The following run of singles are still fun to think about, really, because you can pretty well audibly hear a band thinking that the neo-garage/psych/biker rock revival was surely just around the corner think “Well, maybe we were going about this a bit dully before, and it should be something a little…more…this?” Gillespie started singing all over the place — no more disappearing acts for him — but he started singing over things that he hadn’t really done before, culminating with the still wondrously blissed out “Higher Than the Sun,” where the Orb did the music/production business and introduced a huge, sweeping stomp and hush that frankly the band could never have come close to on their own. Still wonder a bit what it would have been like if he and the rest of the band said “Fuck it, let’s just go from here” — Gillespie would have been the weak link in the chain in the end, maybe, but I think they could have found a way to be as truly distinct as their heroes instead of retreating to recombine and recombine them again endlessly.

All of which is prologue because honestly I really don’t remember much about the run-up to this show. I had (and had played to death) Screamadelica from the previous fall and it was little surprise that this was going to be a big production at the Palladium; they had already built up enough of a reputation that a club show wasn’t going to be enough. Further, all the coalescing rave strains from the previous couple of years in the area understandably regarded the band as fellow travellers at the least, full inspirations at the most — I can name at least a couple of friends that were pretty much first introduced to techno, however unusually or to the side, due to “Loaded” — and there were rumors that the show was going to be less of a show and more of an actual rave, just with a band playing somewhere in the middle of it.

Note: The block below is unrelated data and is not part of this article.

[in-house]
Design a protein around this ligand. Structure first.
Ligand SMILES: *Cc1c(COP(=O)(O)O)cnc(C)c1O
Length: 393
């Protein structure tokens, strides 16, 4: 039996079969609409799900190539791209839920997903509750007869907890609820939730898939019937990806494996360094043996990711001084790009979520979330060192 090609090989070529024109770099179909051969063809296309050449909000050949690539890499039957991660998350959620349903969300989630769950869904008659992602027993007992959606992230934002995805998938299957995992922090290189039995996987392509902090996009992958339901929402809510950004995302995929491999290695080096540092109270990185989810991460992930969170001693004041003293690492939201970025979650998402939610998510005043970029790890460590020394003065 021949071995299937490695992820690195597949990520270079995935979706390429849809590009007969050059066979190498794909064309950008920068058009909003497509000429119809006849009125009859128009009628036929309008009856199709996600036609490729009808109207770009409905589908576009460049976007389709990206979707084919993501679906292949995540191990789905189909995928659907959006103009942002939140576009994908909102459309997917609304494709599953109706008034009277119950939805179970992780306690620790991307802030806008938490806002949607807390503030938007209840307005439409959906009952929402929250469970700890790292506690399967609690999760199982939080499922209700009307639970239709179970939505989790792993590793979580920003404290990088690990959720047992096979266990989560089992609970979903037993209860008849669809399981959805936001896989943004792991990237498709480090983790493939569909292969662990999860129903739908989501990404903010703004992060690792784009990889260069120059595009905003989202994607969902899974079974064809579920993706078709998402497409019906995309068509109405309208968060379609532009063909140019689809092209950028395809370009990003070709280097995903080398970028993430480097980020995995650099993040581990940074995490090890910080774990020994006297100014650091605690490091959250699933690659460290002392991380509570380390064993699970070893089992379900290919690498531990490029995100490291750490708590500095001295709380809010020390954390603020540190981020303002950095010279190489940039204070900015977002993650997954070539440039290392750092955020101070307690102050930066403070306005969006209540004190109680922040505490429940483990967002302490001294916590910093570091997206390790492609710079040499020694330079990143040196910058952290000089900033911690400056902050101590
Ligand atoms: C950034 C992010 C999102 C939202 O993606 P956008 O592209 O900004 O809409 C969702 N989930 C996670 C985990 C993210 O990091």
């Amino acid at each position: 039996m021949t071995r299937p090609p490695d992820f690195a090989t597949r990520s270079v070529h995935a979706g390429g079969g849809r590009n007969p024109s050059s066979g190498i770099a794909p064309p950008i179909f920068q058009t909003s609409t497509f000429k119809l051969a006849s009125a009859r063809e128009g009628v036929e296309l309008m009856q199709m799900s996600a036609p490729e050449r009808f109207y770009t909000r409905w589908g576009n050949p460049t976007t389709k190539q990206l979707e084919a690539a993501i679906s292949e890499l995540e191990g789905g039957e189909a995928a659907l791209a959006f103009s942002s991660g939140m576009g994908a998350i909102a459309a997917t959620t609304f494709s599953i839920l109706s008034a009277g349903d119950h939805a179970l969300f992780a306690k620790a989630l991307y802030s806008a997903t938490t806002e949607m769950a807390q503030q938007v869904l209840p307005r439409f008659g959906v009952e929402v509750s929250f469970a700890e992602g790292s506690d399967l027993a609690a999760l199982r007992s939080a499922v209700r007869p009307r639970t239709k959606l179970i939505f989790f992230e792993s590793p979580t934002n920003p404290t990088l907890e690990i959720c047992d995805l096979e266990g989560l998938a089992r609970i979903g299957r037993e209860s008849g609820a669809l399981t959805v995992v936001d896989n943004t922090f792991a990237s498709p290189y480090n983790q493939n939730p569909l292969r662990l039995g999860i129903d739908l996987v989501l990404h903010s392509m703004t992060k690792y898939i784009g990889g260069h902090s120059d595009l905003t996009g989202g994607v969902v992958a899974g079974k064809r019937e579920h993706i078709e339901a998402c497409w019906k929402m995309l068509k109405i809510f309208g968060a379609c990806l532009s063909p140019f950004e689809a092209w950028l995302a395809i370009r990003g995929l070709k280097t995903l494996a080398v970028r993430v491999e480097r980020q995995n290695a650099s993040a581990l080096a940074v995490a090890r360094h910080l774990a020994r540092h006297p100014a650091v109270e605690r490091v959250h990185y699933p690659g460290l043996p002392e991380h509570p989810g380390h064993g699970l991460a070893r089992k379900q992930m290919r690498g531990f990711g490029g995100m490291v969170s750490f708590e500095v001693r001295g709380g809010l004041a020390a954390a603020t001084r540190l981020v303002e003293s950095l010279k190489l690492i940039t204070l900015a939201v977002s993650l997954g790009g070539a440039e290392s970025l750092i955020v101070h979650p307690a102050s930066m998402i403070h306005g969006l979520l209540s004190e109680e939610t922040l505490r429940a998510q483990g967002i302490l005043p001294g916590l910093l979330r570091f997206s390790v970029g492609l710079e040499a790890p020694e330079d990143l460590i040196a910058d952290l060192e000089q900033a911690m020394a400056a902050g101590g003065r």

Not too surprising that this didn’t really pan out as advertised — Gillespie and company apparently were thinking more that it should be something like an old soul revue, a full hint at the slow retreat already starting to play out even on Screamadelica, what with the Jimmy Miller production jobs and all, plus the Dixie-Narco EP from earlier that year, with Dennis Wilson covers, recording in Ardent Studios, the whole kind of strained reverence that still makes me think of Rattle and Hum aka the album that utterly destroyed my U2 fandom. (And I did have it.) But unlike that misbegotten album Dixie-Narco works as a gentle treat and if it had been a part of their approach instead of the signpost to the next album through and through then who knows how I might feel.

And yet I’m still talking around the show than about it — partially because, the memories really are pretty dim. I think I was up in the balcony for at least part of it though not all, and it was a packed out house and everything, and “Loaded” and “Come Together” and “Higher Than the Sun” and “Don’t Fight It Feel It” and “Movin’ On Up” and etc. etc. all went down well enough. I have vague memories of Bobby Gillespie’s utterly stick-like and ass-less frame not exactly dancing on stage, but then again my own moves as such aren’t much better so I can’t hate the guy for it. I think we all left — whoever we all were at that show, again, dim memories here — when they were still on stage for the encore doing some endless jam/medley which might have been amusing at the time. Or not, thus the reason we left.

It’s a little hard to be dismissive about the show, but I think the reason was slightly alluded to already — they were touring something that they were no longer believing in fully, or perhaps never did believe in to start with. It’s another old story — not just that the breakthrough album cast such a long shadow, but that said album turned out to be the most creative they ever got. Later releases and tours allowed them to be ‘themselves’ more, maybe — and I’ll yet talk about those shows I saw, and all of them were indeed more immediately memorable than this Palladium show turned out to be in the end. But they essentially gave up on a chancier situation to be their own internalized ‘we’re more THIS now’ kaleidoscope, and I still think it was a retreat. Ah well.